Line Intersect Sampling of Forest Canopy Gaps
Abstract:Line intersect sampling (LIS) is commonly used to measure the fraction of forest area under canopy gaps (gap fraction) and the size distribution of gaps. The typical application of this technique makes assumptions about the shape of the gaps. Potential errors associated with these assumptions were quantified. To measure the gap regime in an old-growth, subalpine spruce-fir forest, regression equations were used to describe empirically gap area and perimeter. Most gaps in the spruce-fir forest were shaped like nonconvex polygons. Mapped gap areas were 22% less than estimates based on an elliptical model of gap shape and 22% more than area estimates based on a rhomboidal model of gap shape. An LIS method was developed that works for nonconvex shapes and was used to assess gap fraction in a subalpine, spruce-fir forest. The LIS approach for irregularly shaped gaps provided an estimate of gap fraction that was significantly smaller (35%) than the one based on an elliptical model of gap shape. The modifications in the application of LIS to the study of gap regimes seemed to preserve the efficiency and power of LIS while improving the accuracy of the results. For. Sci. 42(2):131-138.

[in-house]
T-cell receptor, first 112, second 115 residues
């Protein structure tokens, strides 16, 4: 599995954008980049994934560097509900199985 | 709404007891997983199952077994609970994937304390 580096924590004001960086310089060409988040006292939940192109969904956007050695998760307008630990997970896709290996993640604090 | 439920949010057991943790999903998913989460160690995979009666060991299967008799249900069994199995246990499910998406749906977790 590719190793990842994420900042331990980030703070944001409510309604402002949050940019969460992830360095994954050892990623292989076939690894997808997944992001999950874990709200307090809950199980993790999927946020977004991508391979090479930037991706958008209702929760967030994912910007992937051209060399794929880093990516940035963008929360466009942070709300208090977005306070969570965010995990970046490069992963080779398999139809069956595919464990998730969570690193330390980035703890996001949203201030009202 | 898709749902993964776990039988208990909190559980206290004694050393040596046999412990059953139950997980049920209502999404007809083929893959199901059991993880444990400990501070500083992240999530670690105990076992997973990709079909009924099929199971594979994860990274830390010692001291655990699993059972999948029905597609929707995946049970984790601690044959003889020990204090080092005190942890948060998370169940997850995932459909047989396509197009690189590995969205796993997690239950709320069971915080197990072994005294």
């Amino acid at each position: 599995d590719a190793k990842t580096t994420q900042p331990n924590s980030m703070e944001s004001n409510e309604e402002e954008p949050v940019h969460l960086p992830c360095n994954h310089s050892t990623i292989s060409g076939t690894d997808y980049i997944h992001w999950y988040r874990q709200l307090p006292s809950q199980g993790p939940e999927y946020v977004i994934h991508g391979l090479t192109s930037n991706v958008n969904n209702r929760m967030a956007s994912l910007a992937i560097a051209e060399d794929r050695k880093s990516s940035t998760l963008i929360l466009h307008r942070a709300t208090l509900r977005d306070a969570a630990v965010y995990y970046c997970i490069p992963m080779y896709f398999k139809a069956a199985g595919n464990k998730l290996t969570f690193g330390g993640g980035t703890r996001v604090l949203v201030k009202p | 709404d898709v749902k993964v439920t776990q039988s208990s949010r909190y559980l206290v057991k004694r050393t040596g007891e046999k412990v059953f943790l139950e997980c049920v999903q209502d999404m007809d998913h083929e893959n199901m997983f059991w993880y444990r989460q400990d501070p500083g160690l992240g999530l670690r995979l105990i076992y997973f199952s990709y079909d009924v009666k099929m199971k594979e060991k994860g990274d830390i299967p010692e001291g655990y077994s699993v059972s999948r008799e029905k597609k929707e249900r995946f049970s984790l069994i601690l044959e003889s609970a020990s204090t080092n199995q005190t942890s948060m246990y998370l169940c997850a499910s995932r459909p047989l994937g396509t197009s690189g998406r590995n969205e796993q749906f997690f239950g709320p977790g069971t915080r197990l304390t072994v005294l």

Document Type: Journal Article
Affiliations: Department of Natural Resources, Cornell University, Ithaca, NY 14853
Publication date: May 1, 1996
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- Forest Science is a peer-reviewed journal publishing fundamental and applied research that explores all aspects of natural and social sciences as they apply to the function and management of the forested ecosystems of the world. Topics include silviculture, forest management, biometrics, economics, entomology & pathology, fire & fuels management, forest ecology, genetics & tree improvement, geospatial technologies, harvesting & utilization, landscape ecology, operations research, forest policy, physiology, recreation, social sciences, soils & hydrology, and wildlife management.
Forest Science is published bimonthly in February, April, June, August, October, and December.
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Ranking: 16 of 66 in forestry
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